My dear Pranav,
Vinoba did not claim to be a philosopher. In fact, he said, "I am a
retail dealer" (1). He took ideas from all the great sages, and
other religious thinkers and presented in simple language to us.
His basic contribution lies in Samanvaya (reconciliation). He has summarized
many religious texts, selected ideas from each of them and presented
them to our people, indicating their similarity (param samya).
He believed in ekam sat (Truth is One). he "sees" that all these
numerous paths lead to one goal. That one is GOD, Brahman. Truth or
ultimate reality. In fact, he composed a sarvadharma prarthana, wherein
he has compiled the various names which various religions have given
to their highest goals.
It is called "Nam Mala". It is a common prayer in all the ashrams of
Vinoba. It is also a recommended song in many schools of Maharashtra.
Sankaracharya was Vinoba's first motivator. He learnt his logical
tools and intellectual arguments from Sankaracharya (Truth). His
compassion (Prem and Karuna) he has taken from Jnaneshwar and Tulsidas.
He was greatly inspired by the transparent sincerity of Mahatma Gandhi.
Gandhi and Vinoba were almost like father and son. Mahatma Gandhi
rated him high, and whenever he had any philosophical or practical
problems, he would refer them to Vinoba. From 1916 to 1948, except as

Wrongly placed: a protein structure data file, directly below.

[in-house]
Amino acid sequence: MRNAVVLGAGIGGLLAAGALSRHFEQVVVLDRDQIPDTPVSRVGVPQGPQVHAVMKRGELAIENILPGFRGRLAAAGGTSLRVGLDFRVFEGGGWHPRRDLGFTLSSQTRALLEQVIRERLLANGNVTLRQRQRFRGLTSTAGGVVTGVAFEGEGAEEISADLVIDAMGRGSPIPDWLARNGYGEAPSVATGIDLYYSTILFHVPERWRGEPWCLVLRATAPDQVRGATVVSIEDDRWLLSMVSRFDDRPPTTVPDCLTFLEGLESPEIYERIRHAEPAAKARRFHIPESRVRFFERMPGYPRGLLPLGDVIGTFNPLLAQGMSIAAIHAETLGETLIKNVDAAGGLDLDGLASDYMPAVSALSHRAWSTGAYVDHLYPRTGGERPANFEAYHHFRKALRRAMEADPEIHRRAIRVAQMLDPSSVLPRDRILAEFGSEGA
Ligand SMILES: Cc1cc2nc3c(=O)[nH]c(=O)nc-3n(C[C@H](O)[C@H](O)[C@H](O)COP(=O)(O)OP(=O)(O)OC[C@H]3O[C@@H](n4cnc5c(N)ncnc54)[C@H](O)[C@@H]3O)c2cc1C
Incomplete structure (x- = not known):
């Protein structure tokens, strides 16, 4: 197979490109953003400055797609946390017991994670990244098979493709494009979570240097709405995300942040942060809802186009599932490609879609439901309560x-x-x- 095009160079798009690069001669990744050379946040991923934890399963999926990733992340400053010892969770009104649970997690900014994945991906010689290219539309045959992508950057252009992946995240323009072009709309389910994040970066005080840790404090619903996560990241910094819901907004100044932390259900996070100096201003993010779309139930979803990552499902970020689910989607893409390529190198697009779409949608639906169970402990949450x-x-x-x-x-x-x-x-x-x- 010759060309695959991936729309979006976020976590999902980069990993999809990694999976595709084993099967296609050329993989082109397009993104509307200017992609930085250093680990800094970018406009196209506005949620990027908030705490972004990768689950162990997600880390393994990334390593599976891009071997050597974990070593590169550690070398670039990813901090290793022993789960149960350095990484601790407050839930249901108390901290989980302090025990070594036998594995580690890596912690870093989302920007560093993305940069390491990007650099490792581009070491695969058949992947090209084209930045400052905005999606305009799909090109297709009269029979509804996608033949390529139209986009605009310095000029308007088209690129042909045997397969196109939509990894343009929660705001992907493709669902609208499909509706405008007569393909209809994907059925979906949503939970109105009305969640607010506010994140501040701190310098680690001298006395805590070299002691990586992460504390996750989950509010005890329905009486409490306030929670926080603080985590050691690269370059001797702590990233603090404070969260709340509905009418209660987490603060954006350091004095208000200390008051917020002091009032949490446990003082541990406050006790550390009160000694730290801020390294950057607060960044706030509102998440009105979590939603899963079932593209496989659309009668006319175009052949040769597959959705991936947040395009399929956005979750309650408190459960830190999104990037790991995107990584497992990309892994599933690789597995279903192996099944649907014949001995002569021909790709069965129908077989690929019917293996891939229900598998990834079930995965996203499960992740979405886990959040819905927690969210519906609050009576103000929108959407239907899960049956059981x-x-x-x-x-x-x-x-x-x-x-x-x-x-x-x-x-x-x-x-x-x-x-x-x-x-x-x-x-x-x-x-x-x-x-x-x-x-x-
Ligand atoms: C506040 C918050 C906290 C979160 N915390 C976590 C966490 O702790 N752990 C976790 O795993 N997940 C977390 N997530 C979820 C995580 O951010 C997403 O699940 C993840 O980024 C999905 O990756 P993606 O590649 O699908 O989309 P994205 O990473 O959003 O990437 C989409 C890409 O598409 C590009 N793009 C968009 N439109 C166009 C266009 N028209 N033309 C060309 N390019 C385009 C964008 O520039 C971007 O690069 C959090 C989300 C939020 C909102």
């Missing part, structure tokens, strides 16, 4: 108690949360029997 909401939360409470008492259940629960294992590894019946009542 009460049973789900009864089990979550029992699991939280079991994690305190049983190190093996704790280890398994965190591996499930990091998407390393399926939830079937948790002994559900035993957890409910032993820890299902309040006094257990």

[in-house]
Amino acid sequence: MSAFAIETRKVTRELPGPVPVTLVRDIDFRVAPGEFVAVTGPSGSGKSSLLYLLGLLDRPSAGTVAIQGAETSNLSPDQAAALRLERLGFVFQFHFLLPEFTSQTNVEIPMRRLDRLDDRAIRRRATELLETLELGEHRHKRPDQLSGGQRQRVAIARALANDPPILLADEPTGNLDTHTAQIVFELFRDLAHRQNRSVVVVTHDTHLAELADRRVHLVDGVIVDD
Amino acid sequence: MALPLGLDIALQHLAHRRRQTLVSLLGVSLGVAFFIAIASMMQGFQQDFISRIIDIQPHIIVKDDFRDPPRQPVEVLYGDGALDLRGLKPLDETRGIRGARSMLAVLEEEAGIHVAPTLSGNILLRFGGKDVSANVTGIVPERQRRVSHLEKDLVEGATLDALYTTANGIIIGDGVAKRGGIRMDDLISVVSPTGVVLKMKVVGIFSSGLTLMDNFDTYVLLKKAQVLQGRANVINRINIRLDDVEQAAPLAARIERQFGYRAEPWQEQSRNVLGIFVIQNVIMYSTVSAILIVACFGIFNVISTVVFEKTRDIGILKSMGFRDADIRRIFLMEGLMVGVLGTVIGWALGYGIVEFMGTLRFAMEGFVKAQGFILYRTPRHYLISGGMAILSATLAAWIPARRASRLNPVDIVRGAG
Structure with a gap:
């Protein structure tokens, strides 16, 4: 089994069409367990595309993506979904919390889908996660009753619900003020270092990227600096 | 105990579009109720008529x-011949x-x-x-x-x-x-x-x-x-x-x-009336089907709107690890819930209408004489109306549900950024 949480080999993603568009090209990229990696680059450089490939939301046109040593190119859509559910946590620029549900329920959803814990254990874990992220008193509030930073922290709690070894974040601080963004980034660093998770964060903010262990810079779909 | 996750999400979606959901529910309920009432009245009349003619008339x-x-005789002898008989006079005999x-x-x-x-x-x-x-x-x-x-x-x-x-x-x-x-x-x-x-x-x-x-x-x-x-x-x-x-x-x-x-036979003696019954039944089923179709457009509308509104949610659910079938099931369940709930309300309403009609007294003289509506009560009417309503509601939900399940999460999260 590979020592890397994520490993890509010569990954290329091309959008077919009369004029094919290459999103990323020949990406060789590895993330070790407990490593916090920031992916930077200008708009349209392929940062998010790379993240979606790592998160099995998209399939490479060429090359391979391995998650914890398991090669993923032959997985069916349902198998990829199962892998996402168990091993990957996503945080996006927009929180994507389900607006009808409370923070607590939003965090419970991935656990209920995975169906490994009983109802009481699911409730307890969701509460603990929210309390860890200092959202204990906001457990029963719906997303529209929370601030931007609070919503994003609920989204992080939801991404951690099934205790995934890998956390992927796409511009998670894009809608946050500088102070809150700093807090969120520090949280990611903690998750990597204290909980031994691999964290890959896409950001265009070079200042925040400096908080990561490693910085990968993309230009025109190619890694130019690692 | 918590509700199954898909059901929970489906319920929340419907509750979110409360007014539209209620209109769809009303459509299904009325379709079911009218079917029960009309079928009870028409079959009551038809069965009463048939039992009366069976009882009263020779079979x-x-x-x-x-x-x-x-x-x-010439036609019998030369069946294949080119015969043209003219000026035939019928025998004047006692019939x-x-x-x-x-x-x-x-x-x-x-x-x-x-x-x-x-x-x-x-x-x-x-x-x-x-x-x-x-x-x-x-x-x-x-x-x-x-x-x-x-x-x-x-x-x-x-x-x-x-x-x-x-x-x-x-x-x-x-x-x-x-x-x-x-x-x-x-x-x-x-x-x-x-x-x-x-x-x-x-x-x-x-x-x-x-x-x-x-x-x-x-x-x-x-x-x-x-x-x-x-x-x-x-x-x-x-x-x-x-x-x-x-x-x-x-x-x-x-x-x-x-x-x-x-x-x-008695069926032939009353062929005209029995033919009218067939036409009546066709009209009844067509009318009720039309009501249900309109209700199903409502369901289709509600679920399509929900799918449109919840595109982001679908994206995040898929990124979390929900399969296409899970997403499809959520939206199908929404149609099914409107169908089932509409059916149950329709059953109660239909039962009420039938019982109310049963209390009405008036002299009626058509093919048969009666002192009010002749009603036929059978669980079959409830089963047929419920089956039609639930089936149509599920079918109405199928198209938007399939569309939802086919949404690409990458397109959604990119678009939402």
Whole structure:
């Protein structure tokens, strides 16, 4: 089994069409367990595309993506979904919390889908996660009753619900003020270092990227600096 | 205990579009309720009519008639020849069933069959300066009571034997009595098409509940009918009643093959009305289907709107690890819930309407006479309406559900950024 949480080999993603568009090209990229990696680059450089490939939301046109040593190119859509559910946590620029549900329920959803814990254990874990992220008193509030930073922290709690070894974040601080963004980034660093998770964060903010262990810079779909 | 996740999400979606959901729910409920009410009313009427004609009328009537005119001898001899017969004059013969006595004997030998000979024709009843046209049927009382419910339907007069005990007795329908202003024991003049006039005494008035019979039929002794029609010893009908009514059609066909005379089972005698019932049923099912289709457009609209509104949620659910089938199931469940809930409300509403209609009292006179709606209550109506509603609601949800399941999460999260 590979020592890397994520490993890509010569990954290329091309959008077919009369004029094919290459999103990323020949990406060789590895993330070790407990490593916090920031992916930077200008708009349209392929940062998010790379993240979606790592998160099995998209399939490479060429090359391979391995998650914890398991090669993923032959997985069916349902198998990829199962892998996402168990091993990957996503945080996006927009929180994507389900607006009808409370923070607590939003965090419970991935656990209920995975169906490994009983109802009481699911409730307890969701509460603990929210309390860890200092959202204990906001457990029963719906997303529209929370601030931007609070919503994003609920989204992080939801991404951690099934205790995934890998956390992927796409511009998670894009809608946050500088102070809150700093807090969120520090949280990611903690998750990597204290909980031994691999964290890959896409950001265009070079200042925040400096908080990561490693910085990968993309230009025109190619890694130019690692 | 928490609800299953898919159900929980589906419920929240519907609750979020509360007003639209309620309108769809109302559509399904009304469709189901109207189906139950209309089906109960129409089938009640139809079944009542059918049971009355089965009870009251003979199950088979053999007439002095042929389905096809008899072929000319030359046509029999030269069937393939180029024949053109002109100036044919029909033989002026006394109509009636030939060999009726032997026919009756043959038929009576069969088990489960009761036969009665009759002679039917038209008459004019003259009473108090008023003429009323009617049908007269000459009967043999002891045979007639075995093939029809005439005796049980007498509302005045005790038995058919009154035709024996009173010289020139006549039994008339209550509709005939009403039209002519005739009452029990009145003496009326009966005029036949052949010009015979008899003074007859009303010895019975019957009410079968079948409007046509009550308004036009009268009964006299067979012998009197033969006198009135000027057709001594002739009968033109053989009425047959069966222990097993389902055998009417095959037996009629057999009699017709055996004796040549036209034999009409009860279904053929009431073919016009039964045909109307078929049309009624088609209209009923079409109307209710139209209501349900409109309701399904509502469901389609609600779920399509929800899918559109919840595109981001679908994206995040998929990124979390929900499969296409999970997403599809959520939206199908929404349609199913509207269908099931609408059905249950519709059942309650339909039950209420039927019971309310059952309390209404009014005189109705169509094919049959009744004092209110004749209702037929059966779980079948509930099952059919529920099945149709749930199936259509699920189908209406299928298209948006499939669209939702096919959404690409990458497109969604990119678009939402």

the first individual satyagrahi in 1940, Vinoba remained studying and
teaching in his ashram. He developed the Gandhian ideas of ahimsa,
satya, khadi and trusteeship with his impeccable logic. He provided
the intellectual base to all Gandhian ideas. From 1948 to 1970, he
practised them through Bhoodan, Gramadan, Sampattidan and Trusteeship.
The last twelve years he devoted to adhyatma and goraksha (protection of the cow).
Vinoba was a walking university. All these ideas evolved in his
mind in the course of his work. They grew with him. This is the
most important period of his life. He gave three talks a day and
traveled for 14 years on foot to all parts of India. In this, he
followed his first guru, Sankaracharya. His perception of village India
was thus based on actual contact and observation. He saw a unity in
the diversity of India with his own eyes, and experienced it. No
other Indian has matched that feat so far.
Still, he never claimed the total view of a philosopher. The beauty of Indian
philosophy is that it is called 'perception' or 'darsana'. It is
never claimed as the whole Truth. Each one of us has to perceive
this truth for himself or herself. No one gives you, a blue-print of
it. It is always evolving and you have to explore for yourself.
"Who am I?" is the question.
No Indian philosopher therefore claims any new philosophy or thought
construct. He interprets the old texts and puts forward his viewpoint
or darsana. Vinoba follows the same path. His emphasis is, therefore,
on ideas. He rejects blueprints or institutions. He treats them as
traps or obstacles.